So you own them. You look them in the eye, and see them for what they are. They are real. They are powerful, and they are tools for understanding ourselves and this world we inhabit. They do not define us, they do not get to rule us, but that does not mean they are without value or purpose. Acknowledging how we feel is the first step to authenticity and is an act of integrity and strength. When we gather them all up, take them to Father, and declare the truth of our experience, we are walking in faith and exhibiting hope in the knowledge that he is greater than anything that has hurt our hearts, but we cannot give to Father what we do not own.

For me, today stinks. I don’t want to feel all of this, and I don’t want to deal with all the things that are frustrating me. I just don’t, and that is the truth as plainly as I know how to put it short of a few colorful metaphors. Eventually, I will get past it. I will be able to remember some of the greater truths of my life, and I will find the will to celebrate the good things Father has given me. I will be able to rest in the hope of his promises to me, but not right now. Not in this moment, because it would be a lie and a denial of how he created me. So I will throw my little pity party, I’ll invite Father over and serve him a cup of coffee if he likes, and whine a bit. He will listen, and he won’t patronize or toss Scripture at me. He will acknowledge my pain as valid, and invite me to give it all to him. And in that moment, I will begin to feel the joy of anticipation as I wonder what grand and marvelous thing he will create from my painful honesty.

Tuesday, December 8, 2015

Psalms 107 – Beating My Head Against A Wall

Oh, give thanks to the LORD for He is good, for his lovingkindness is everlasting. Psalm 107:2

It has taken me awhile to get this next post up because, wow, I have never encountered a word whose definition was so incredibly abstract that no one seems to know the definitive definition. The word in Hebrew is חֶסֶד translated above as “lovingkindness.” However, a quick look at how it is translated in other versions or even just different places in the same version of the Bible, you are going to find that the translators offer several different translations of the word: lovingkindness, enduring love, mercy, and faithfulness – I think that just about covers it.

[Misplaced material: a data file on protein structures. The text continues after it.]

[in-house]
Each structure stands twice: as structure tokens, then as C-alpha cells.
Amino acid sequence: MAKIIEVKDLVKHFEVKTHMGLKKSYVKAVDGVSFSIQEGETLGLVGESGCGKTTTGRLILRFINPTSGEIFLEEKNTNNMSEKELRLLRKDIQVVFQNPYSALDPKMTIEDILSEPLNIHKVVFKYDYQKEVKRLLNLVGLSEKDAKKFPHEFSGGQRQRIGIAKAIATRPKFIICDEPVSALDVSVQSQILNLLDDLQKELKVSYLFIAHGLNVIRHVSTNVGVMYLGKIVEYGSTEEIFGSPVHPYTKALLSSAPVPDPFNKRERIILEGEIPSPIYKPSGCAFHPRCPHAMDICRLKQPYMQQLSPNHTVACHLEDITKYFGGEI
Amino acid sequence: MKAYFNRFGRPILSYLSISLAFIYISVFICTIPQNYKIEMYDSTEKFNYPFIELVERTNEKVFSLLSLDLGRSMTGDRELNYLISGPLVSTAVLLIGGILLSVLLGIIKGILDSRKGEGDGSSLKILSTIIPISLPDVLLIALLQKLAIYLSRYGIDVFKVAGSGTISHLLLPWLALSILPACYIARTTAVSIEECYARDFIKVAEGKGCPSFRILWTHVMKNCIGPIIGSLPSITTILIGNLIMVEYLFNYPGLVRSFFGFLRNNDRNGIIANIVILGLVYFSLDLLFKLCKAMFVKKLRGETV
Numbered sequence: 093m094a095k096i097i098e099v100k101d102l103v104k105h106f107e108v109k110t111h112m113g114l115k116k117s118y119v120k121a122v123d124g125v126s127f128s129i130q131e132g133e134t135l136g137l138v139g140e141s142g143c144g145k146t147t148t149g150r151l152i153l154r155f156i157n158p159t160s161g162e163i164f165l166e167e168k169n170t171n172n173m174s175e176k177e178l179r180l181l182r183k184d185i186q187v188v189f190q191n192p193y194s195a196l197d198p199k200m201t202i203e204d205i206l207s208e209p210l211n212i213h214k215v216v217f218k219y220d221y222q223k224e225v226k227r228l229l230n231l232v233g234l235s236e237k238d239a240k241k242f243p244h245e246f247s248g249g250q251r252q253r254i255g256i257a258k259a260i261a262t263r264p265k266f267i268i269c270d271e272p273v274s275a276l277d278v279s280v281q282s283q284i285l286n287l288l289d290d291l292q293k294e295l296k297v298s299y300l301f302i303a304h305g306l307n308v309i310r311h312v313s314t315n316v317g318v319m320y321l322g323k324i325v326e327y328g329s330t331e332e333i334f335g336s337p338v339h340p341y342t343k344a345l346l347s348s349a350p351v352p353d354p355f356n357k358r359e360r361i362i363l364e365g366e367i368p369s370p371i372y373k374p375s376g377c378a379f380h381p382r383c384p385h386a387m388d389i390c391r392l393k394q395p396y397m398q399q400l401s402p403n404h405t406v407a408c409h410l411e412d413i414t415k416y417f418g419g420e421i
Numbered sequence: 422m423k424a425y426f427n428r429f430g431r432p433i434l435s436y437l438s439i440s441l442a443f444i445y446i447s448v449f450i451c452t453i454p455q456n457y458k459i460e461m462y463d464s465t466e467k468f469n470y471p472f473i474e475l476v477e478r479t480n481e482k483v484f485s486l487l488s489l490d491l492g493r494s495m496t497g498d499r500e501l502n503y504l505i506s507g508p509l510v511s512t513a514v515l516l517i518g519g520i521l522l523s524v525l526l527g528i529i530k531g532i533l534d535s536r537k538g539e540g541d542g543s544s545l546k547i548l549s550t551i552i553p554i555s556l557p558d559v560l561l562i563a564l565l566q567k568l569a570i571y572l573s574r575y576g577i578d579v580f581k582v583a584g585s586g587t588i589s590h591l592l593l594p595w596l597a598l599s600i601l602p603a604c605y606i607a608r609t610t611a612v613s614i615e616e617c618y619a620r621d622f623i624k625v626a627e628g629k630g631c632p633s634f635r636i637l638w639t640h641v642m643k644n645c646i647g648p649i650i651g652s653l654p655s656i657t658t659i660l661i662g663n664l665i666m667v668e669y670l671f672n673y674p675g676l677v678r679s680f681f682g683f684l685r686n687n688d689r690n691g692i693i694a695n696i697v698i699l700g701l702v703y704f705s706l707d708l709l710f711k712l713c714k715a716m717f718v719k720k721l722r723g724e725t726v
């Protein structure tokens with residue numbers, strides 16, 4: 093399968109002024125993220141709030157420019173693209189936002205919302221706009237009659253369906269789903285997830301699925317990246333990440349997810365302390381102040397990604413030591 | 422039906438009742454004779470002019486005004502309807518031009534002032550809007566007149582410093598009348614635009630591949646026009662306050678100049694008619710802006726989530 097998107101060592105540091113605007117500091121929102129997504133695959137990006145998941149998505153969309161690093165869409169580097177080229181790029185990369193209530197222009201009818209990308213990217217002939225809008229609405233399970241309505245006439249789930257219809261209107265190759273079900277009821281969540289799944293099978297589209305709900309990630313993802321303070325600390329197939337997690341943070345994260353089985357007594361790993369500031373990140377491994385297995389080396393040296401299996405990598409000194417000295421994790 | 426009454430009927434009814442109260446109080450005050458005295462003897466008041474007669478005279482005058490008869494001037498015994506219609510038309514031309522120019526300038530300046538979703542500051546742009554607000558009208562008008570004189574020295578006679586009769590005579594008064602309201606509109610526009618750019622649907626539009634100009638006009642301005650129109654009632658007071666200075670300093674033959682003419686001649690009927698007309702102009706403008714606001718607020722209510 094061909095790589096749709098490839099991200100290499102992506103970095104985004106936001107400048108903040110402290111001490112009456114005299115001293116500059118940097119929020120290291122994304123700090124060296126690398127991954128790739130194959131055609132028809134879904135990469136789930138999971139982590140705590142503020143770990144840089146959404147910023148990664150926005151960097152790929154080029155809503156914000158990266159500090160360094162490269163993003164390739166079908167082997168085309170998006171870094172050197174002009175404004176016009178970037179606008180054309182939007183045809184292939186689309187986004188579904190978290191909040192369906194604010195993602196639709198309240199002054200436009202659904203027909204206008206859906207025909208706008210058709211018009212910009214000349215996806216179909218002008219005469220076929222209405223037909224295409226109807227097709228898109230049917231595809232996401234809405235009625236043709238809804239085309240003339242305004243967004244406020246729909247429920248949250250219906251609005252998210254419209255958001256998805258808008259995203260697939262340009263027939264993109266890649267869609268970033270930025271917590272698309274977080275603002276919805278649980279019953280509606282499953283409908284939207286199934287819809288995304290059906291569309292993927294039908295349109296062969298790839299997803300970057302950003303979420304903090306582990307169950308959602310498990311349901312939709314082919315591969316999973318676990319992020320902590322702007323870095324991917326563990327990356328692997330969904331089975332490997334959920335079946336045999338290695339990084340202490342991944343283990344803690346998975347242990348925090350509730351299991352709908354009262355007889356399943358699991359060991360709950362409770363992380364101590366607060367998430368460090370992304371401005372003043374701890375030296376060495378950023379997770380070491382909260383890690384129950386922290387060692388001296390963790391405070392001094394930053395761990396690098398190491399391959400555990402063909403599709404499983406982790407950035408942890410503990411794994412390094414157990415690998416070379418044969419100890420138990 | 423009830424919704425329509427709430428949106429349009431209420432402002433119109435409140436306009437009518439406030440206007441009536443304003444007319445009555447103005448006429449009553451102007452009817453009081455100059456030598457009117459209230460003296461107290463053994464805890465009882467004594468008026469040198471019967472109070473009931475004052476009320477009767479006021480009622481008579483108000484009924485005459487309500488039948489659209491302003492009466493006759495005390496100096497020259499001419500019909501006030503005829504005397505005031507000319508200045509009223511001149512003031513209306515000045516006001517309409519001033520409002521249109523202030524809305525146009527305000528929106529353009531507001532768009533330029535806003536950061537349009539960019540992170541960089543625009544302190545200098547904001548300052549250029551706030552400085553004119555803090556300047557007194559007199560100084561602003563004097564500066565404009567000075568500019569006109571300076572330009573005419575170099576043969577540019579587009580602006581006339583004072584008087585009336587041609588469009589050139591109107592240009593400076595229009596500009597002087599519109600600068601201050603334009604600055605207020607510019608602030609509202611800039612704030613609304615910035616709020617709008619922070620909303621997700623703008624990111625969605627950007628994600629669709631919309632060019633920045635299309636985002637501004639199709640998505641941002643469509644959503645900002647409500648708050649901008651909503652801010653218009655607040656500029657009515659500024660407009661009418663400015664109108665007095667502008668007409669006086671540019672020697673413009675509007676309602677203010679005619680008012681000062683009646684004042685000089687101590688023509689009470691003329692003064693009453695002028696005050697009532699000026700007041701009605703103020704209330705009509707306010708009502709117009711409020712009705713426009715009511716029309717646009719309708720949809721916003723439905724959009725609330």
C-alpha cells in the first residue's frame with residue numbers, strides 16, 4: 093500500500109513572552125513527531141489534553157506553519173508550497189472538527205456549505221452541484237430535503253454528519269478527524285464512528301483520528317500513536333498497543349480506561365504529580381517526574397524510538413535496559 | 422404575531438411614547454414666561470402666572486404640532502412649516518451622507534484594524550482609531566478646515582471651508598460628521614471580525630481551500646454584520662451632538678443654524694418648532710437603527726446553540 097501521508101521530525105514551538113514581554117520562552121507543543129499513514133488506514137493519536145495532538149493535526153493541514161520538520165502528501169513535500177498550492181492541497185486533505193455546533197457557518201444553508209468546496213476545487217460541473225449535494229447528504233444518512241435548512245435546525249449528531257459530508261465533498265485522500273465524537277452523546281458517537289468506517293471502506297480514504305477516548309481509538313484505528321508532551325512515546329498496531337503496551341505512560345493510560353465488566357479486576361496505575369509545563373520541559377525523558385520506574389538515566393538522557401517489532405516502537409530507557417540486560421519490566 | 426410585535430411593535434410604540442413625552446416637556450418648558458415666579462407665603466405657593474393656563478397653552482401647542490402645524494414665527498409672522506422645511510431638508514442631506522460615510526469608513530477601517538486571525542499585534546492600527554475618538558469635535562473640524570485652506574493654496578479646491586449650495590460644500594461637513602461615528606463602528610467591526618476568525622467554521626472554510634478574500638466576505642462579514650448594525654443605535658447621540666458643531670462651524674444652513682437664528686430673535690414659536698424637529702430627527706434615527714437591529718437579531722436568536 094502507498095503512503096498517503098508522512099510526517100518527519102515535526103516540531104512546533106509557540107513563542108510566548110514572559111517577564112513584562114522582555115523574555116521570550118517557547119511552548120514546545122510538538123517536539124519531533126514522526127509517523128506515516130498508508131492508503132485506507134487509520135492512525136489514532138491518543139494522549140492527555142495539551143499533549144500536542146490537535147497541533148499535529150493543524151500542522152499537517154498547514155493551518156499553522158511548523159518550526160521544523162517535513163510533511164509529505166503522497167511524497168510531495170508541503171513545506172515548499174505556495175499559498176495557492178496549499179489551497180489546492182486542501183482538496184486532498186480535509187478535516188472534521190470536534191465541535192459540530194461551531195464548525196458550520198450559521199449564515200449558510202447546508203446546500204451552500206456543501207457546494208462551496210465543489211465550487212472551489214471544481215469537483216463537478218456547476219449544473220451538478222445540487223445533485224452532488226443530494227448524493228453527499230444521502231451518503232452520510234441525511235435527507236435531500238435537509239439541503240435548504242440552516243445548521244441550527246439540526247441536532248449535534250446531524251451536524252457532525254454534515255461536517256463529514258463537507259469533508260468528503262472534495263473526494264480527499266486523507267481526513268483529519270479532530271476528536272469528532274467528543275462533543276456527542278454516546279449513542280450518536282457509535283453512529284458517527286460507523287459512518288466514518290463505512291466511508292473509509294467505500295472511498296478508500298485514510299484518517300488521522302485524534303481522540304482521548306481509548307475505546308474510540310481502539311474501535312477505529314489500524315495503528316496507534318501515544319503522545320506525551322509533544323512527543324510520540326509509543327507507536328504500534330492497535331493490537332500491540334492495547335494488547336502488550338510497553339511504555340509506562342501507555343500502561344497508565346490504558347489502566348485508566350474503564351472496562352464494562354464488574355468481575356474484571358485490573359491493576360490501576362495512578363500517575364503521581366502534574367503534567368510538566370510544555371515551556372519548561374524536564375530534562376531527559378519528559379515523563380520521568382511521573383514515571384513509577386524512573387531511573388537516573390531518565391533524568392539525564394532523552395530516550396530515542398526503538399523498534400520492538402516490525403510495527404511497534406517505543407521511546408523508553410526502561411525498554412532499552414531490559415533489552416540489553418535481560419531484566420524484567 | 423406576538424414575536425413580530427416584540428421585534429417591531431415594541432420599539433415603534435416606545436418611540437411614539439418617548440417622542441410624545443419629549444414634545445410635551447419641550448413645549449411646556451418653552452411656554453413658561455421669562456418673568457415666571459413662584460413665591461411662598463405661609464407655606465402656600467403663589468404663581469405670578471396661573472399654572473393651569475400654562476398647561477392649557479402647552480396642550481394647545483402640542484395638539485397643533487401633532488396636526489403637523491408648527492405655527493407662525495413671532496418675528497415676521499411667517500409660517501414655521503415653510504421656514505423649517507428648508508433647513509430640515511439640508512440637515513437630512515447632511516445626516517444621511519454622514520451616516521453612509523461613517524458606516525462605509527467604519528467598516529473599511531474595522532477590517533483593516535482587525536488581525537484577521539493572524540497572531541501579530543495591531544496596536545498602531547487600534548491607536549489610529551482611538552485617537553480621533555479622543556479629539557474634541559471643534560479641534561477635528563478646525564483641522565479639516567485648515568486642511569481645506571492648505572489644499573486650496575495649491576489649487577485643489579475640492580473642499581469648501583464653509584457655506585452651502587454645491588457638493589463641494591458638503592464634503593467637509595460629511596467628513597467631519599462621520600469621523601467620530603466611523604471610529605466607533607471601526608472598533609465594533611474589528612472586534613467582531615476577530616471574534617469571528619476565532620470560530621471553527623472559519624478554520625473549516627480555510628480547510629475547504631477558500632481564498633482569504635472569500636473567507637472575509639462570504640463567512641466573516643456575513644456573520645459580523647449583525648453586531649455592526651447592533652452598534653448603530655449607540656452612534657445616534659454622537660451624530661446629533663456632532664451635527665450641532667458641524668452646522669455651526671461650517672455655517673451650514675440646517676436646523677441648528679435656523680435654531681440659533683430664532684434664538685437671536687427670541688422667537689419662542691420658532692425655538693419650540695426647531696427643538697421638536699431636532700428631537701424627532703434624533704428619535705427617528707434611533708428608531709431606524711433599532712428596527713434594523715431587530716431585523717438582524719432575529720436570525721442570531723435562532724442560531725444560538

Now, before anyone flies into a panic, let me just say that these are all good translations of the word. They are all valid, and they convey an aspect of the Hebrew word that is right and correct. The problem I was having with the word is the fact every time it has been translated into English we make this jump from a concrete action, the basis for Hebraic thought, into the abstract, and what can possibly be more abstract than love? Or kindness? Or even faithfulness, for that matter?

I have spent hours and days exhausting every Bible commentary, Hebrew dictionary, and tool I had in my personal library. I broke it down into the paleo-Hebrew components. I read pretty much every verse in the Bible where this word is used, and eventually, I turned to Google. From there I read article after article, some that pretty good, most fairly shallow, and even stumbled into a few that I am certain were nothing more than recipes for witchcraft. It was at this point that I had to admit, I was beating my head against the wall, and I did what any good Bible scholar does when they are stumped. I went to sleep.